When working in kindergarten, the two things are probably, the most important ones. First is leadership: when I work with kids, I must be the example and authority for them to ensure that they are happy to learn and listen to me. The second is mutual trust: both they should trust me, and I should trust them and be sure that they will not perform something wrong.
The question of trust is one of the most important in any workplace, especially in working with people. This becomes even more true when talking about work with children, as in my own case. Lack of trust is ruinous for our work, both between staff members and between teachers and kids. When people in the team lack trust, for example, when the leader blocks access for team members to some facilities, teams become less stable and more uncomfortable (Sinek, 2014).
Unfortunately, I often observed such a lack of trust: teachers are often envious of each other, and I faced indirect hostility or even direct criticism and mocking from my colleagues. Trust and good communication between team members help solve problems and are crucial in critical situations (Boin et al., 2013). Luckily, I had had several happy experiences of successful problem-solving and fruitful conversations with my colleagues: for example, when we talked with the education director about challenges facing women in workplaces.
Working with children is especially interesting because each of us must be a kind of leader for kids. When I am with a group of kids, sometimes ten or more, it is crucial for me to be the highest authority for them. I have already mentioned the necessity of trust, but along with that, respect is no less necessary (Sinek, 2014). I needed to be stiff in some cases: for example, when kids were trying to mock me. Direct confrontation and shutting kids up are not helpful in such cases, as I have learned: they would stop trusting, and interactions with them would become hard. What is useful is wittily mocking them in turn while showing the kid that it is you who must teach them, and they should not be aggressive toward you. After that, they usually started to admit my authority while the contact remained.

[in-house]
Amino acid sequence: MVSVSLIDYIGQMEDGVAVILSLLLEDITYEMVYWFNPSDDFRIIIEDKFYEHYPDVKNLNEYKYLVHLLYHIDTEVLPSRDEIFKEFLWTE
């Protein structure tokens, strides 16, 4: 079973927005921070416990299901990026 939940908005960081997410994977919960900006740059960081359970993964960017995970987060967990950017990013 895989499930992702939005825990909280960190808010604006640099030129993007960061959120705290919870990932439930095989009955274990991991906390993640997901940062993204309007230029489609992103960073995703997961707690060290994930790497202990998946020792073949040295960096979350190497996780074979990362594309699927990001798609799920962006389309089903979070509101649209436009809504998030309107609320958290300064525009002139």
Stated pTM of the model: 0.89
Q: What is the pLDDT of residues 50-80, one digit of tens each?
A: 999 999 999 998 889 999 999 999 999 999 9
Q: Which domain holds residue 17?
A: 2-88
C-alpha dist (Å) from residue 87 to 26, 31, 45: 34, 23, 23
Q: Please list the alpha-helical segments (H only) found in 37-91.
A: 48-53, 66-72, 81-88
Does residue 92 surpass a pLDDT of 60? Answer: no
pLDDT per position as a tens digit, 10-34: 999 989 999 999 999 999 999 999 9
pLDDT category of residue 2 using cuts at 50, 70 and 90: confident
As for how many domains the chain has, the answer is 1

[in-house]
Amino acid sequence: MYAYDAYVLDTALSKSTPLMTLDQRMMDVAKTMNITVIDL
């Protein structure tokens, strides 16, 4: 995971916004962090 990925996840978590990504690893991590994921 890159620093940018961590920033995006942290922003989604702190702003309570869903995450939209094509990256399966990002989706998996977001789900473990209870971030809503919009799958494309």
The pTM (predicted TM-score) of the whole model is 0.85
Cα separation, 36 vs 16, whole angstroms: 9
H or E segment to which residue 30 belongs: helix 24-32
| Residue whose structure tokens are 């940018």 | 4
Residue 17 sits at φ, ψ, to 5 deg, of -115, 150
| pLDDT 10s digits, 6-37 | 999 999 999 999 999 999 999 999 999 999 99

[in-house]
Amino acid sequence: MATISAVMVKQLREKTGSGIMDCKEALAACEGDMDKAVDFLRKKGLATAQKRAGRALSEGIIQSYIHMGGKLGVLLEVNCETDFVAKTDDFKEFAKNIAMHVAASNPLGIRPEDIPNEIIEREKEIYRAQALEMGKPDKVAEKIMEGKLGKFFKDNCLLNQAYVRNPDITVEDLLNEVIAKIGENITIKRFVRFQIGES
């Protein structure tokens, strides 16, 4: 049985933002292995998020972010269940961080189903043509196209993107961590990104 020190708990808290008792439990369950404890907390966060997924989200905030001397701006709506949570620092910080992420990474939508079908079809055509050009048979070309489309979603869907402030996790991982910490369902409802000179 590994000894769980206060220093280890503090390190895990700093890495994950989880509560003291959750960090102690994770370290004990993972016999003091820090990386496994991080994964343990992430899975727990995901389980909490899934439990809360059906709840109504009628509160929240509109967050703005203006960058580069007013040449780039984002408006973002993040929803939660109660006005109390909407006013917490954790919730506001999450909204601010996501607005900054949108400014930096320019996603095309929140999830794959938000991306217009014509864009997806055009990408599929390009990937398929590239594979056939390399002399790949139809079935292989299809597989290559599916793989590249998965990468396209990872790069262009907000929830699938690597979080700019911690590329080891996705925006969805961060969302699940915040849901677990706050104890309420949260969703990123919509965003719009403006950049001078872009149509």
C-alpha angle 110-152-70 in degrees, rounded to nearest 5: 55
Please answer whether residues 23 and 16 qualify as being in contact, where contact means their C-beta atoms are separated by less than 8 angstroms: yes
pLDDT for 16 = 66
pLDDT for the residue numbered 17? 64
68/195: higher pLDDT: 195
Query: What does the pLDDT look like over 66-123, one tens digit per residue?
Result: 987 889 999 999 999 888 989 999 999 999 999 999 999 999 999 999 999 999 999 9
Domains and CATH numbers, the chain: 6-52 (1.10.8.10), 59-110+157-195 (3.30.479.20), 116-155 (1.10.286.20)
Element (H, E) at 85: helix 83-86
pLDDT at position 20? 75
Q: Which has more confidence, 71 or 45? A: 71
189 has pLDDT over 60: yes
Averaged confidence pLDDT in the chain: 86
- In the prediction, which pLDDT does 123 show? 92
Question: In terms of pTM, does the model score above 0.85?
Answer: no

Critical situations are not uncommon when working with kids. Kindergarten teachers should always be ready to perform well in a crisis when the most important is keeping sense and making critical decisions (Boin et al., 2013). There was an example when I had a small experience and faced the situation when one of the kids started to cough heavily: it turned out that he was ill. Fortunately, other staff members helped call for a doctor quickly, and the child was successfully cured.
In addition, productive and non-toxic communications are crucial for maintaining a healthy atmosphere in the kindergarten. A leader should be able to orchestrate interactions, both vertical and horizontal, and create meaning understandable for kids (Boin et al., 2013). In the case of my work, horizontal interactions are those between children, and vertical ones are between children and kindergarten staff. As one can see, I had many experiences in establishing and maintaining those connections throughout my career, both successful and unsuccessful. For example, it is vital to ensure that all kids have visited a doctor in time and that there are no conflicts or heavy tensions between them.
As one can conclude, to be a leader among kids and colleagues in a kindergarten means to be ready for various challenges, such as the possibility that one of the kids will become ill. It is also necessary to maintain healthy and non-toxic communications with kids and teach them to do this as well. If they become toxic, it is essential to stop them stiffly but politely. In that way, to perform well as a kindergarten teacher, it is necessary to be both strong-willed and sincere.
Boin, A., Kuipers, S., & Overdijk, W. (2013). Leadership in times of crisis: A framework for assessment. International Review of Public Administration, 18(1), 79–91. Web.
Sinek, S. (2014). Leaders eat last: Why some teams pull together and others don’t (Reprint, Revised ed.). Portfolio.